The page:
That old-school 12V battery powers a lot of stuff.
While electric cars have huge lithium-ion battery packs to turn the wheels, a regular 12V lead-acid battery handles everything else. At least for now.
Your fancy new electric vehicle or PHEV (plug-in hybrid electric vehicle) runs on massive lithium-ion battery packs and electric motors. However, if you look around, you’ll still find your typical 12V car battery or a lead-acid battery.
While EV battery technology continues to improve yearly, most all-electric cars still have a 12V battery like any gas-powered vehicle. This familiar battery is what the car uses to power all the accessories, including the radio and security system, among other things.
What Does the 12V Battery in an EV Do?
Electric cars have two main electrical systems that handle everything. The first is a powerful high-voltage system (400-800V) that makes your car move. Those lithium-ion battery cells deliver all the power to motors that crank out torque and spin the wheels.
The secondary system is just as important, and the low-voltage 12V battery powers almost everything else. That regular 12V car battery controls your vehicle’s ECU (electronic control unit) or the car’s brain. This system unlocks the doors with your phone or key fob, runs the stereo or infotainment display, dash gauges, alarm system, air conditioner, interior lights, and more.
The 12V battery controls most of the stuff on the inside, while the bigger battery system handles the outside. That’s an oversimplified explanation, as there’s more to it than that, but you get the gist of it.
Additionally, the 12V battery talks to the other high-voltage system with a power relay and is what “starts” your electric vehicle, in a sense. An EV doesn’t need cold cranking amps to turn over a gasoline engine, but it’s still required to allow the two systems to communicate and let the ECU get an electric car rolling. If the 12V battery dies, you can’t operate an EV.
When your vehicle isn’t in use or during an accident, the 12V system cuts off that dangerous high-voltage system for safety reasons. Basically, there’s a good reason EVs still have a regular car battery.
More importantly, the 12-volt system is affordable, reliable, and something all automakers understand well. Trying to redesign every aspect, convert those hugely powerful battery systems into a lower level for the stereo, and having to change everything isn’t very cost-efficient.
Does an EV Have An Alternator?
Now that you know an EV has a regular car battery, your next question is whether EVs have an alternator. Interestingly enough, most EVs do not have a traditional alternator.
An alternator takes the mechanical energy from your gas-powered engine as it rotates and turns it into electrical energy to recharge the 12V battery. As a result, it always has a charge and can start your car, unlock the doors, and has juice as long as you drive or start the engine with enough frequency.
That’s why the battery needs a jump when you let a car sit for too long. The alternator wasn’t able to keep it charged. Electric vehicles don’t have a motor, so there’s nothing to spin the alternator and charge a 12V battery.
Instead, many EVs use a DC-to-DC converter that sends power from the high-voltage system to the smaller 12V battery system when necessary. Then, that regular car battery is always charged up and ready to unlock your doors and do its job.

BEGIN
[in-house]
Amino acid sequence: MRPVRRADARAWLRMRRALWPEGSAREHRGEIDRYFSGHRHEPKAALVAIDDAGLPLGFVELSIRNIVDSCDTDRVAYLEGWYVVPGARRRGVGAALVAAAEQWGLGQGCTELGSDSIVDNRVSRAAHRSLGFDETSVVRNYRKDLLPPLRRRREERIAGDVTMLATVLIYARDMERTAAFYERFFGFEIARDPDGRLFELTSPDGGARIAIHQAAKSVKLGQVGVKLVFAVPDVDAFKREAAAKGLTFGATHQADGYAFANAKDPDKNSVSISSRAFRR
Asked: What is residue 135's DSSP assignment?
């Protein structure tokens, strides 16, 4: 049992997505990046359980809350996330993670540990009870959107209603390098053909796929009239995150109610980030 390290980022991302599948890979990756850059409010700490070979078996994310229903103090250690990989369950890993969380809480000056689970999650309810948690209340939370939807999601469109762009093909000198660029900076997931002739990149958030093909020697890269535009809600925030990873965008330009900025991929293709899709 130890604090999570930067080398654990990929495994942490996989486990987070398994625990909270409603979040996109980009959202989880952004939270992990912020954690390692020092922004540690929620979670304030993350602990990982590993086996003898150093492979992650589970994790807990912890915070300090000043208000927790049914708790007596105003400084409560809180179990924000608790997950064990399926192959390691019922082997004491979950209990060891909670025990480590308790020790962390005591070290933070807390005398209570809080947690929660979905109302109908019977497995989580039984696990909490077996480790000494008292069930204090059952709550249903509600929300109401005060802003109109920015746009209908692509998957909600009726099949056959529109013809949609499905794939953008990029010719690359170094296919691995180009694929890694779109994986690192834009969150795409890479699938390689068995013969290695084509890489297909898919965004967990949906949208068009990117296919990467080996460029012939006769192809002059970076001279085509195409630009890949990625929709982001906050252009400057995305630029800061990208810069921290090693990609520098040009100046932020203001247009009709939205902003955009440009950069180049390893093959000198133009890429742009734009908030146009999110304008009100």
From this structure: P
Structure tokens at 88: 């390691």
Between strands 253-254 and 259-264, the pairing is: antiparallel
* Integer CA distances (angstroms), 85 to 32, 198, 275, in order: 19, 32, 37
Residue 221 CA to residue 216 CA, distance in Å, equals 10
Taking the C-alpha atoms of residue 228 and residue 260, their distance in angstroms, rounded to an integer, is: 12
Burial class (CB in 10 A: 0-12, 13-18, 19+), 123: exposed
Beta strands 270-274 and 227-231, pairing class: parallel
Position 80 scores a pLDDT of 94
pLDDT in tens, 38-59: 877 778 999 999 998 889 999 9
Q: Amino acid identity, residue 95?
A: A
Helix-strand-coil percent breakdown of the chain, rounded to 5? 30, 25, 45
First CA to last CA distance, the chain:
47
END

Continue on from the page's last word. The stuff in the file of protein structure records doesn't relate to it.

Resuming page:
What Happens If the 12V Battery Dies?
So, what happens if the 12V battery in an EV dies? Welp, the same thing that happens in a regular gasoline-powered car. Depending on how dead the battery is, you won’t be able to unlock the doors, use the radio, or drive the car. That’s because the power source for the brains of the operation doesn’t have any charge left.
Yes, you can quickly jump-start an EV like a regular car, but you’re not “jumping” the big lithium-ion packs. Instead, you’ll jump-start the little 12V battery that almost every car has under the hood or in the trunk.
However, it’s important to remember that you should only mess with the standard 12V battery. Furthermore, according to KBB, you shouldn’t use another electric vehicle (EV) to jump-start your EV’s 12-volt battery. Instead, find a regular gas car or use a portable jump starter.
It’s also worth mentioning that, if possible, make sure your EV is off and set to park before you start. And if you’re worried about anything or can’t locate the regular 12V battery, wait for an expert or roadside assistance.
Will Lithium-Ion Replace the Lead 12V?
Justin Duino / Review Geek
While traditional 12V lead-acid batteries have powered vehicles for a long time, we’re starting to see a shift in the landscape. For example, newer Tesla Model S and Model X vehicles don’t have regular old battery systems. Instead, the company opted to use a new 12-volt lithium-ion auxiliary battery system.
And while a Li-ion 12V battery costs more to replace than the older style, they’re lighter, smaller, and last longer. We could see more auto manufacturers switch to this system or even a bigger 48V auxiliary battery. Why? Because they’ll run longer, they don’t need the cranking apps to turn over a gas engine, yet deliver more than enough juice to keep up with the growing demand for infotainment systems, self-driving, sensors, cameras, and more.
For now, most vehicles on the road, electric or not, still have a regular 12V lead-acid battery. However, don’t be surprised if that starts to change as electric vehicles continue to gain popularity.